While a heart is a heart in terms of anatomy and functioning, it absolutely matters if the organ is in the chest of a man or a woman. Historically, most heart disease research has focused on men. Because women have different heart disease risk factors than men do, doctors, women, and their family members have been less successful in recognizing heart disease early and putting the necessary heart attack prevention measures in place. Only in recent decades have cardiac researchers learned that when it comes to heart disease and serious cardiac events, women have different care needs and require different heart attack prevention strategies.
Women Aren’t Aware of the Problem
Heart disease is responsible for the greatest proportion of deaths among men and women, and one in three deaths among women in the US are due to heart disease. However, a 2012 study by the American Heart Association found that more than half of women didn’t know that the leading cause of death for women was heart disease. Among black and Hispanic women, who are at a higher risk than white women, just over a third were aware of the risk.
There are two problems with this lack of awareness:
- Not knowing that they’re at risk for heart disease makes it less likely that women will prioritize healthy lifestyle habits for prevention.
- Women also may not identify the symptoms of a heart attack if it occurs.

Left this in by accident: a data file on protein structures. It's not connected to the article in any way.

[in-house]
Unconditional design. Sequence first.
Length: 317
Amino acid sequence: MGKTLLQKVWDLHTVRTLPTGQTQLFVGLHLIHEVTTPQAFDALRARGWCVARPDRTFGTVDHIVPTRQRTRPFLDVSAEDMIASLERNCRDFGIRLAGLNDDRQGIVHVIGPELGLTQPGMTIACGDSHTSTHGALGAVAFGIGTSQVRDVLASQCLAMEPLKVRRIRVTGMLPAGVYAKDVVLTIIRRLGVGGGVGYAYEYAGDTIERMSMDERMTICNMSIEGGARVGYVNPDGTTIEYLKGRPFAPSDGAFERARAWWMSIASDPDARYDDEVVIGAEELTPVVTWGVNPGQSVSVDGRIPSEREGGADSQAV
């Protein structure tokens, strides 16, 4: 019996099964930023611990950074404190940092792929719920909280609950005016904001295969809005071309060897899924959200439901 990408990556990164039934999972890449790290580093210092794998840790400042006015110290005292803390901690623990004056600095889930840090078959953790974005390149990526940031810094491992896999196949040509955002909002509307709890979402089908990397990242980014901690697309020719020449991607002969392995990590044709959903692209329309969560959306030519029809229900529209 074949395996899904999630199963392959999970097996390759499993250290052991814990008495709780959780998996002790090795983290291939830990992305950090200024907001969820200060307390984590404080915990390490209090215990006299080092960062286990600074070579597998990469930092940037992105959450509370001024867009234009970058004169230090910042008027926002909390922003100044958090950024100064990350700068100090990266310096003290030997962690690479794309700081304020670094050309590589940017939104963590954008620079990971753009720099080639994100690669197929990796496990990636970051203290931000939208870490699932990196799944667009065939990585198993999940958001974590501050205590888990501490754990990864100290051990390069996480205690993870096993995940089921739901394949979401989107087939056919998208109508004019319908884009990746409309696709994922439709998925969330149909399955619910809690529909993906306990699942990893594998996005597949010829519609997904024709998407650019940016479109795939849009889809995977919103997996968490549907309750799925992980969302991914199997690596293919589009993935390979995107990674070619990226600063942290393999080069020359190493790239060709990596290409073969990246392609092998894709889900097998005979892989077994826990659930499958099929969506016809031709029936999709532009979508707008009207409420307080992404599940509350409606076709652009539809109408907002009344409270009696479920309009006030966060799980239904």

Women Are More Sensitive to Certain Risk Factors for CHD
Risk factors for heart disease in women can be related to genetics, lifestyle, and other determinants. In particular, heart disease is often related to other health issues. However, the amount of risk that other health issues contribute to the risk of developing heart disease is different for women and men. For example, cigarette smoking raises a woman’s risk of coronary artery disease by 25% more than it would for a man who smokes cigarettes. If a woman has diabetes, she is at a 44% greater risk for cardiovascular disease overall than a man with diabetes. Because women also lag behind men in getting the recommended amount of exercise, they are at a disadvantage in terms of reducing heart disease risk.
Women’s Heart Attack Symptoms Can Be Different
While most of us have learned that a heart attack is characterized by acute chest pain, this isn’t always the case for women. In fact, less than 15% of women report chest pain during a heart attack. Women are more likely to feel fatigue and shortness of breath, and any chest pain can often feel like a duller tightness or ache. Feeling nauseous or dizzy and experiencing cold sweats or heaviness in the arms are other common heart attack symptoms that go unrecognized by women. In addition, women are more likely to have what’s known as a silent heart attack, which has no symptoms or symptoms that don’t appear serious or related to the heart.
How We Can Reduce Women’s Heart Attack Risk
A healthy diet and regular physical activity are just as important for women as they are for men. But in addition to focusing on a healthy lifestyle, it’s especially important for women to be aware of the symptoms of a heart attack, get regular health screenings, and bring up any concerns with their doctors. The American Heart Association’s Go Red campaign provides resources for women and their doctors that can help them identify the early signs of heart disease and the immediate signs of a heart attack, as well as information for preventing heart disease from developing in the first place.